“Women’s football and women in football is a priority – it’s part of the solution for the future of football,” said FIFA President Gianni Infantino, speaking on International Women’s Day last year.
While calling for ambitious objectives, Infantino also announced reforms at FIFA. These have since become a reality, among them the requirement that there be at least one female representative per confederation to be elected to the new FIFA Council, which in practice means that there are a minimum of six women sitting on this decision-making body. At the same time as these changes were being made, Fatma Samoura was appointed FIFA Secretary General, becoming the first woman to hold the post.
These significant steps were the first towards a new type of administrative model in world football, one that strives to bring about gender equality in the game, a much sought-after goal. And yet more ambitious objectives have been set since then, with the FIFA 2.0 roadmap seeking to double the number of female football players worldwide to more than 60 million by 2026.
And like any great race, it all began with small but purposeful steps, such as the hosting of Spanish women’s first division matches at the country’s Liga stadiums, and the staging of the FIFA U-17 Women’s World Cup in Jordan, a tournament where women accounted for 75 per cent of the Local Organising Committee. Among them was Samar Nassar, the LOC’s executive director, who listed its achievements: “It was essential for us that we built our infrastructures, the stadiums and 14 training grounds in order to meet FIFA requirements. We’ve also managed to train a lot of people to a high level. The steps we have taken will undoubtedly help Jordanian football to develop and will also bring benefits to the wider community.”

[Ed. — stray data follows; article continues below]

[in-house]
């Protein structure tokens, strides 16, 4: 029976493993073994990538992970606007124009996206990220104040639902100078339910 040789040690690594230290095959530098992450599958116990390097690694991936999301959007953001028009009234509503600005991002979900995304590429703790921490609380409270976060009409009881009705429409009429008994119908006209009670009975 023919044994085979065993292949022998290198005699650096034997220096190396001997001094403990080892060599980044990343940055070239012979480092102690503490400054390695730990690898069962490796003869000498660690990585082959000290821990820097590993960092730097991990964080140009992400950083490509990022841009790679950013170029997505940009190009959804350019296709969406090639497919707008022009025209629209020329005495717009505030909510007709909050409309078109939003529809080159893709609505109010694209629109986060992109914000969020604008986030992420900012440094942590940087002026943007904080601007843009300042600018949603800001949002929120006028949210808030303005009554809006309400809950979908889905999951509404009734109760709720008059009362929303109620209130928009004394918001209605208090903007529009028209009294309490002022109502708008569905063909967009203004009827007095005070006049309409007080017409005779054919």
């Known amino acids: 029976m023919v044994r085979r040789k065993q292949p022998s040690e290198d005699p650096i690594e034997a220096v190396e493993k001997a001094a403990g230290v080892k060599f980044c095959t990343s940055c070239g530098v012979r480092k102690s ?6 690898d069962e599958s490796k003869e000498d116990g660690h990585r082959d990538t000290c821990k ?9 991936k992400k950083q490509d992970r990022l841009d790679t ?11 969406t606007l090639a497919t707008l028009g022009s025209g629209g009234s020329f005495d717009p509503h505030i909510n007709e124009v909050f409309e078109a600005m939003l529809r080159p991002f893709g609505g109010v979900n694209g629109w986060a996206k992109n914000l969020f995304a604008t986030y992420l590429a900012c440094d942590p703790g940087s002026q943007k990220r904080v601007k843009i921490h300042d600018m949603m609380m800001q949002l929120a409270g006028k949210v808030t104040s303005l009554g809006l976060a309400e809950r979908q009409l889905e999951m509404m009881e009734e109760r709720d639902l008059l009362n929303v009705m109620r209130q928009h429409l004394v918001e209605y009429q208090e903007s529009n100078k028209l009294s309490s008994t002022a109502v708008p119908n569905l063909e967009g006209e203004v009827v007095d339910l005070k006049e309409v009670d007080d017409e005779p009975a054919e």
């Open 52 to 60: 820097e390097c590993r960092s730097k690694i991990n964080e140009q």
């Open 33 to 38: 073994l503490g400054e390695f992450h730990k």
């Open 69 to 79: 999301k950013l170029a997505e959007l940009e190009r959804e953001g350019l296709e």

One unifying vision
Women in football are fighting a war on many fronts, in countries where they face countless social and cultural challenges. Whereas in some parts of the world girls are battling for the right just to play the game on the same footing as boys, in others the struggle involves giving women the opportunity to take up management and executive positions.
The key to sustained success is to make steady progress, step by step. One such example is the appointment of Emily Lima as the first ever female coach of the Brazilian national women’s team. A further cause for celebration came with the staging of the FIFA U-20 Women’s World Cup in Papua New Guinea last year, an event that showed just how well women can play the game and also provided a platform for promoting the #ENDViolence campaign, which supports the global fight against gender-based violence, one of the most devastating problems faced by society.
“We have seen many campaigns off the field of play, and I hope they encourage women of all ages to break down barriers and bring an end to violence,” said FIFA Council member Sonia Bien Aime after Papua New Guinea 2016 had come to an end. “I sincerely hope this tournament leaves a legacy and that every young girl who wants to play football can do so.”
Progress is being made elsewhere in the world. In Colombia, for example, we have witnessed the inception of the country’s professional women’s football league, while Chan Yuen has become the first woman ever to coach a men’s team in the AFC Champions League.
Such progress is both valuable and significant and has helped make equality that little bit more of a reality than it was a year ago. And the message, as Samoura herself said, is clear: “Humanity is made up of men and women. No society can survive by alienating 50 per cent of its population.”